Report: Drought places Colorado’s forests, communities in jeopardy

Steamboat Pilot & Today
Drought conditions in 2021 resulted in a low snowpack in spring and less snowmelt than normal in forests across much of Colorado. A new report from the Colorado State Forest Health Service details a number of factors that are plaguing state forests.
National Water and Climate Center, Natural Resources Conservation Service

The Colorado State Forest Service published its annual forest health report this week, highlighting the current conditions of state forests and how the agency is improving their health despite persistent drought and historic wildfires.

The report shows how years of dry conditions have stressed forests across the state, creating ideal conditions for insect outbreaks and large wildfires that threaten Colorado’s communities, water supplies and the many benefits forests provide.

The report emphasizes the need to reduce wildfire fuels through forest management and prepare more communities for inevitable wildfires.

“This is a unique moment for Colorado’s forests,” said Matt McCombs, state forester and director of the CSFS, in a statement. “Drought continues to spur insect activity in our forests and increase the potential for more record-setting fires like those we’ve seen the last two years, whether that’s acres burned or structures lost.

“In this report, we look at the trends driving these forest health challenges and what the Colorado State Forest Service is doing to protect our forests and help communities adapt to a new normal for wildfire.”

Some of the key takeaways include:

• Persistent Drought — Dry conditions threaten more than just water supplies, outdoor recreation and farming and ranching. Drought in Colorado is placing our forests and the many benefits they provide — from clean air and water to carbon sequestration to wildlife habitat ± in greater jeopardy.

Ongoing drought in Colorado is harming the state’s forests, leaving trees susceptible to insect outbreaks and increasing the risk of large-scale wildfires.

• Insects and Disease — Warm temperatures and dry conditions in Colorado last year resulted in trees around the state further declining in health and becoming more susceptible to attack from deadly bark beetles.

Spurred by drought, spruce beetle remains the most deadly forest pest in Colorado, affecting roughly 53,400 acres of forests statewide in 2021.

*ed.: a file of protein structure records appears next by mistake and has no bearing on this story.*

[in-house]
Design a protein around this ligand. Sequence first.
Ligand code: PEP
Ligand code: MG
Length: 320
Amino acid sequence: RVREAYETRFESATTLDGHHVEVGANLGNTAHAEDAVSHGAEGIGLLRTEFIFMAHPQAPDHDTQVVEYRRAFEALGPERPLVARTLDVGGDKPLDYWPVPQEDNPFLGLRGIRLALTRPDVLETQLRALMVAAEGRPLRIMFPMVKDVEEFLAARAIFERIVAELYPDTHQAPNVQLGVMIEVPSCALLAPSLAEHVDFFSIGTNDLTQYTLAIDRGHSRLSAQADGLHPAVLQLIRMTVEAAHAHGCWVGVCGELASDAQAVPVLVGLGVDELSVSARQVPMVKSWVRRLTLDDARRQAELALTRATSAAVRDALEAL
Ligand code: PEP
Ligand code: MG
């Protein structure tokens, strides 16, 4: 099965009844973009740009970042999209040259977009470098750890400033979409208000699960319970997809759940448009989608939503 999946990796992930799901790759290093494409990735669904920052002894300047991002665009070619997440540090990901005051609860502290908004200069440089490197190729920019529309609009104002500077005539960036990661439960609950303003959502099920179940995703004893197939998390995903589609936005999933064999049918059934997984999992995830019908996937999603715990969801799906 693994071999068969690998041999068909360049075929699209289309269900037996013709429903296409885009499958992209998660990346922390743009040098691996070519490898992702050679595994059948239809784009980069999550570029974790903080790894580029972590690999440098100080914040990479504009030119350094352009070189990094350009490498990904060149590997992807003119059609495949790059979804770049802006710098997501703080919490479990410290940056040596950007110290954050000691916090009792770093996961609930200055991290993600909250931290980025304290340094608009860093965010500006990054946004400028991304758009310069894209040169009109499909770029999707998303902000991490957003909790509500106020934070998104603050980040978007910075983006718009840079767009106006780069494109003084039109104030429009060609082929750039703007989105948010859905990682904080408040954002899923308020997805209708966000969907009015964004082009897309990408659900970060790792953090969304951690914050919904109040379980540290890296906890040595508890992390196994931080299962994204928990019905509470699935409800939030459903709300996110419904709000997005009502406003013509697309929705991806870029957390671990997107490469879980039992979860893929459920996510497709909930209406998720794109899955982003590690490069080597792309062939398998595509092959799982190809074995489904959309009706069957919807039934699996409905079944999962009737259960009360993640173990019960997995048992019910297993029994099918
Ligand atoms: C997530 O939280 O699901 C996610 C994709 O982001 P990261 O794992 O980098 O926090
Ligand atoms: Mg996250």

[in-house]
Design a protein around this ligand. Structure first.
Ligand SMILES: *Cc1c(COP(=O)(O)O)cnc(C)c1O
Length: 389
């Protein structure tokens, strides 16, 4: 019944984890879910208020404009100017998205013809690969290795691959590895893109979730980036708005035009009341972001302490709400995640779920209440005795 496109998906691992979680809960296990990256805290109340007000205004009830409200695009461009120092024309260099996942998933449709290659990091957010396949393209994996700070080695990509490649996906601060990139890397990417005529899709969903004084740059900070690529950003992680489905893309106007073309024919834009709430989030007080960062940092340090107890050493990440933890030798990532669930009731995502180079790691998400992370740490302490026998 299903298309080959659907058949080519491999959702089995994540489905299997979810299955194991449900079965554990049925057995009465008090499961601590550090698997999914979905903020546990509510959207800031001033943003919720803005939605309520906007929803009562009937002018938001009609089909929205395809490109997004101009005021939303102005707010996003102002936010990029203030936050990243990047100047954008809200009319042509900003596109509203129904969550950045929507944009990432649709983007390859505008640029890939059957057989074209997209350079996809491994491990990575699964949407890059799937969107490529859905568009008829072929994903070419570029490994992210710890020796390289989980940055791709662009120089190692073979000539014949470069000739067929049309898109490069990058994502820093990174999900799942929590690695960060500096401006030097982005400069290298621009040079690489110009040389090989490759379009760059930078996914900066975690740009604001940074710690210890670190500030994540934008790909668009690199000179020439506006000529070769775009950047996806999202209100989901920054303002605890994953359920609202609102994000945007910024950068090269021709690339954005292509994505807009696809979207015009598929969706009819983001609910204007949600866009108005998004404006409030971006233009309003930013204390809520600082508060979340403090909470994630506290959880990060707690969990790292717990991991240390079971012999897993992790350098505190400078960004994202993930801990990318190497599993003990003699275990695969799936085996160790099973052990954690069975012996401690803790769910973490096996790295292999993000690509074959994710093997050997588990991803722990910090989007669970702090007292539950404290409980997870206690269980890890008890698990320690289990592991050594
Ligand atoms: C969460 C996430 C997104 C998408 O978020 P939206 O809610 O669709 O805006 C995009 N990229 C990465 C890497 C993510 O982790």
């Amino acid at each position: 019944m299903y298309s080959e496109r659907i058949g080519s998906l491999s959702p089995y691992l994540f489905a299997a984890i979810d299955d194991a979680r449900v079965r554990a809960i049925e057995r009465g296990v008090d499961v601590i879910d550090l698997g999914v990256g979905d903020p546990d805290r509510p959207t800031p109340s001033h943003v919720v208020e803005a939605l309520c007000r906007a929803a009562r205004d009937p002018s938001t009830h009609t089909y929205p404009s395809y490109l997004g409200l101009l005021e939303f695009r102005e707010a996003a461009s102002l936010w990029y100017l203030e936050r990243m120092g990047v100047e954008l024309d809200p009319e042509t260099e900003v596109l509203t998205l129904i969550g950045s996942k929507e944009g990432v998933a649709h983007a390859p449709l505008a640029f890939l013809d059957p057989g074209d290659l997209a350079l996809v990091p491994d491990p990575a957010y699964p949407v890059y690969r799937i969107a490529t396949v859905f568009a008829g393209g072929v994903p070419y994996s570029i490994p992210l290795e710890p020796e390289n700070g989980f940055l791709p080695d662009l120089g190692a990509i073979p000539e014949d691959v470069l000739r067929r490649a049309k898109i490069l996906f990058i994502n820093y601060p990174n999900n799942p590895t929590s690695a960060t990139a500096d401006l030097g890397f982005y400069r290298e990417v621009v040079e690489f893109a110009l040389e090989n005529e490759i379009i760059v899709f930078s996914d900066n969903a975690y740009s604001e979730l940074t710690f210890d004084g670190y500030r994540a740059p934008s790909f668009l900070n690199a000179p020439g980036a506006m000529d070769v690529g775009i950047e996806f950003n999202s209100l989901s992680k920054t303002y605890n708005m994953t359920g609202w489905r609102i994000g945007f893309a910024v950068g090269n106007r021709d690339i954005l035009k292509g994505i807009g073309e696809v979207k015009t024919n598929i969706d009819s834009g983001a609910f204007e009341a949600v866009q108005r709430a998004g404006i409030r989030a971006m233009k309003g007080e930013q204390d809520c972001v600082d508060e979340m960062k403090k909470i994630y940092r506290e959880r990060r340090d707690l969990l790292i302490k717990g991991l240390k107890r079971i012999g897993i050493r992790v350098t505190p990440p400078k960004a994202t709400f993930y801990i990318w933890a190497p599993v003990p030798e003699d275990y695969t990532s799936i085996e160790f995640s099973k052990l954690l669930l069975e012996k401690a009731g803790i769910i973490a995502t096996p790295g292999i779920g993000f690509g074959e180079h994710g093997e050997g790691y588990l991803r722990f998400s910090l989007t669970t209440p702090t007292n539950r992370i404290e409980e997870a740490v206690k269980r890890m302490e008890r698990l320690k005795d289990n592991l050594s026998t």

• Living with Wildfire — Colorado is grappling with post-fire mudslides, flooding and charred mountainsides after historic wildfires in 2020 and the most destructive wildfire in state history in terms of insured losses in 2021.

The report says state leaders must continue to heed the wake-up call from these fires by reducing wildfire fuels and preparing communities for fire.

• Grant Program — State leaders are making key investments in the health of Colorado’s forests with funding that helps communities lower their wildfire risk.

Work completed with support from the CSFS’ Forest Restoration and Wildfire Risk Mitigation grant program helped firefighters save the Shambhala Mountain Center during the Cameron Peak Fire in October of 2020.

The report also noted some regional highlights.

In northeast Colorado, for example, the CSFS managed a project in the Larkspur area of Douglas County that removed 4 million pounds of dead timber, which went to local outlets to produce a Colorado wood product.

Additionally, the CSFS is helping Cuchara in southeast Colorado make big strides in fire protection with seven projects that lower the town’s wildfire risk and establish a safe evacuation route.

In other areas, the CSFS completed the agency’s largest timber sale through the Good Neighbor Authority program on more than 3,500 acres between Gunnison and Montrose, and the CSFS completed a mile-long mitigation project near Breckenridge Ski Resort that protects residents from wildfire and supports the local forest products industry.

Each year, the forest health report provides information to the Colorado General Assembly and residents of Colorado about the health and condition of forests across the state.

Information for the report comes from an annual aerial forest health survey by the CSFS and U.S. Forest Service, Rocky Mountain Region, as well as field inspections, CSFS contacts with forest landowners and special surveys.

Copies of the 2021 report will be available at all CSFS field offices. A PDF of the report and interactive maps of insect and disease activity are available at

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